4) The fourth line

They did not score like they did on Saturday, but the fourth line of Joakim Nordstrom, Marcus Kruger and Brock McGinn continues to be a strength. They had a run of ice time in the first half of Tuesday’s game during which they seemed to spend the vast majority of every shift playing on the end wall in the offensive zone. They mustered only a couple scoring chances from the puck possession, but  you cannot lose games playing there which is a positive in itself, especially for a fourth line. Kruger and Nordstrom have really good chemistry (possibly from their time together in Chicago) and work well together cycling the puck.


5) Sebastian Aho

He continues to make plays offensively. He put the puck on Jordan Staal’s stick twice for chances from point blank range, once from behind the net on once on his dazzling end to end rush late in the game with the Hurricanes down a goal. Aho could easily have 4-5 assists already with a little bit more finishing help.


6) A mismanaged overtime?

On a night when both Derek Ryan and Jordan Staal were dominant in the face-off circle winning 73 percent each, Peters decided to go with Teuvo Teravainen in the dot for the start of overtime and the all-important face-off to start the overtime power play. He went 0 for 2 which is significant in overtime when having the puck is everything.

I also question the setup on the power play that represented a wasted opportunity to claim the second point. The first unit on the ice for the 4-on-3 was set up with a single point man and and players on each side somewhat similar to the normal 5-on-4 power play. Be it design or haphazard coincidence, but after a timeout to set the plan at an obviously critical juncture in the game, the power play leaned right and almost seemed like the shot it wanted as a one-timer for Noah Hanifin from the right side of Sergei Bobrovsky. On a night when Bobrovsky was clearly seeing and playing the puck well, my last choice for what I would have wanted from the power play would have been taking odd angle one-timers and trying to beat Bobrovsky short side past his glove which was phenomenal all night. That just was not going to happen. Trying to score an ugly goal through a screen from the center via screen, deflection or rebound seemed to have significantly more potential than having Hanifin try to beat Bobrovsky cold.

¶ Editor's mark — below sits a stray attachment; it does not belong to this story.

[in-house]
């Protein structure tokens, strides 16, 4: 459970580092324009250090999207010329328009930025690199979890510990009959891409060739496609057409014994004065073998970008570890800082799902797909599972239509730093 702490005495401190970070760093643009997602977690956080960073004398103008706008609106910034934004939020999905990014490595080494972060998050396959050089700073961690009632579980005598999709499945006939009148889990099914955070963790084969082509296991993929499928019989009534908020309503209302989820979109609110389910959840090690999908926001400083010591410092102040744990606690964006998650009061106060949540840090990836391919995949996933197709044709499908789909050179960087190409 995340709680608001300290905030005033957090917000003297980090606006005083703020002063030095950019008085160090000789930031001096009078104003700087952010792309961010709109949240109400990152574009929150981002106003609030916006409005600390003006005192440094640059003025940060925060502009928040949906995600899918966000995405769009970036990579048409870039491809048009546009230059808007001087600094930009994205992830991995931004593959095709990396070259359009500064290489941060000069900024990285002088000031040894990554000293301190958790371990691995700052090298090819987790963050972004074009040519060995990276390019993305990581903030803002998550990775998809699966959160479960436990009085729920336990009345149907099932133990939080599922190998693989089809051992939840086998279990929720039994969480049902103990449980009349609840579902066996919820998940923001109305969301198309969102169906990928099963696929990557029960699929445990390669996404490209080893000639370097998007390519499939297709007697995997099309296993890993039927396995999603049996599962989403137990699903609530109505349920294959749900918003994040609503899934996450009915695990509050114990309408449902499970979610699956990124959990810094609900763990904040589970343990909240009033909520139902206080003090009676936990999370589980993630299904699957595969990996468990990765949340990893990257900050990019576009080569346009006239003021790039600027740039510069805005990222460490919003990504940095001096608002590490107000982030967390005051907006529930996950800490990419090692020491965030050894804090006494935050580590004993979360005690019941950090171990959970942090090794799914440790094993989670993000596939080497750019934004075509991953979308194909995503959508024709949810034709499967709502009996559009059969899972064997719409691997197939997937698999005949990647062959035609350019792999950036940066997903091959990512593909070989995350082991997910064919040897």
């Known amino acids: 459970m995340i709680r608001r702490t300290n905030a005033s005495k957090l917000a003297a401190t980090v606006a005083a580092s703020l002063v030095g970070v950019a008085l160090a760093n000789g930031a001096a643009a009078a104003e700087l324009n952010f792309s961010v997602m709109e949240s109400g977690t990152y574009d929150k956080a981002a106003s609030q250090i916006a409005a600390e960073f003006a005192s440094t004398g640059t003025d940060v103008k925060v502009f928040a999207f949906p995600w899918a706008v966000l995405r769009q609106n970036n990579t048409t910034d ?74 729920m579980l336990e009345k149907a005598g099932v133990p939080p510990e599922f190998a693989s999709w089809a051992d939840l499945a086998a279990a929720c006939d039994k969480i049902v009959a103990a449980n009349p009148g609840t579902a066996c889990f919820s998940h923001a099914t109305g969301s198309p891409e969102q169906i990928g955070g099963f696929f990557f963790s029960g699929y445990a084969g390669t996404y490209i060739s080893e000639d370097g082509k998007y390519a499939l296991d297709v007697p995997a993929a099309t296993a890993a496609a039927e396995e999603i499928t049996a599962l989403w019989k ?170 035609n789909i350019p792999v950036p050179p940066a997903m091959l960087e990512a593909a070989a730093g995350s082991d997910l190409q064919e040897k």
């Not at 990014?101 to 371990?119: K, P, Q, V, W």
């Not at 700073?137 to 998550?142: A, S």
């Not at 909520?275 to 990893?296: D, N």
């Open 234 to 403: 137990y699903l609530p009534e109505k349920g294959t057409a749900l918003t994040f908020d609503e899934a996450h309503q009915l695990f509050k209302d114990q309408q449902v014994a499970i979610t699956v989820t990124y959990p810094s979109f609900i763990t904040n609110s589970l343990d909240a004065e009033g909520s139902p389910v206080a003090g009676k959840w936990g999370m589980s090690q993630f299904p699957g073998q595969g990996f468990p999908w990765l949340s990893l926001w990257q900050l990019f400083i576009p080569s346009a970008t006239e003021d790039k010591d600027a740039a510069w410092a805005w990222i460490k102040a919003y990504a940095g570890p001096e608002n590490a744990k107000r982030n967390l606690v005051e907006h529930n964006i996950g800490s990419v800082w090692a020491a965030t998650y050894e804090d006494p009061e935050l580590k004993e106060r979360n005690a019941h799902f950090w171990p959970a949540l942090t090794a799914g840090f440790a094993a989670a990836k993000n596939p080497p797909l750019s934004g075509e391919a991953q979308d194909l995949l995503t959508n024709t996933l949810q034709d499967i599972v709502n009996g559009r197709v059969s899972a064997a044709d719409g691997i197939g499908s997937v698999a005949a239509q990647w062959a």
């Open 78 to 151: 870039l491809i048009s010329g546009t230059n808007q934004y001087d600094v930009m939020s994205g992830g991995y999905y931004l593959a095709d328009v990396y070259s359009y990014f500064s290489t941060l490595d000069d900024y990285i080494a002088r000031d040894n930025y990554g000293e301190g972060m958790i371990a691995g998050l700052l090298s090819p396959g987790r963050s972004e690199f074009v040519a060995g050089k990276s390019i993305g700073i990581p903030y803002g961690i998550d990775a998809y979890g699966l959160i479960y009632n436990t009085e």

I was critical of the coaching staff and the team’s seeming lack of a strategy for overtimes in 2016-17. Though the Hurricanes did not score on Saturday, I liked the definitive puck possession focus that maybe could have looked to attack and shoot more but very clearly valued possession of the puck above all else. Tuesday’s moves by the coaching staff left me with less confidence that the in-game coaching for overtime is all that it could be.


What say you Caniacs?


1) What did you see in Tuesday’s 2-1 overtime loss to Columbus?


2) Does anyone else feel like the Hurricanes have left a lot on the table scoring-wise for Sebastian Aho’s playmaking thus far?


3) Which blue-liner most stood out positively or negatively?


Go Canes!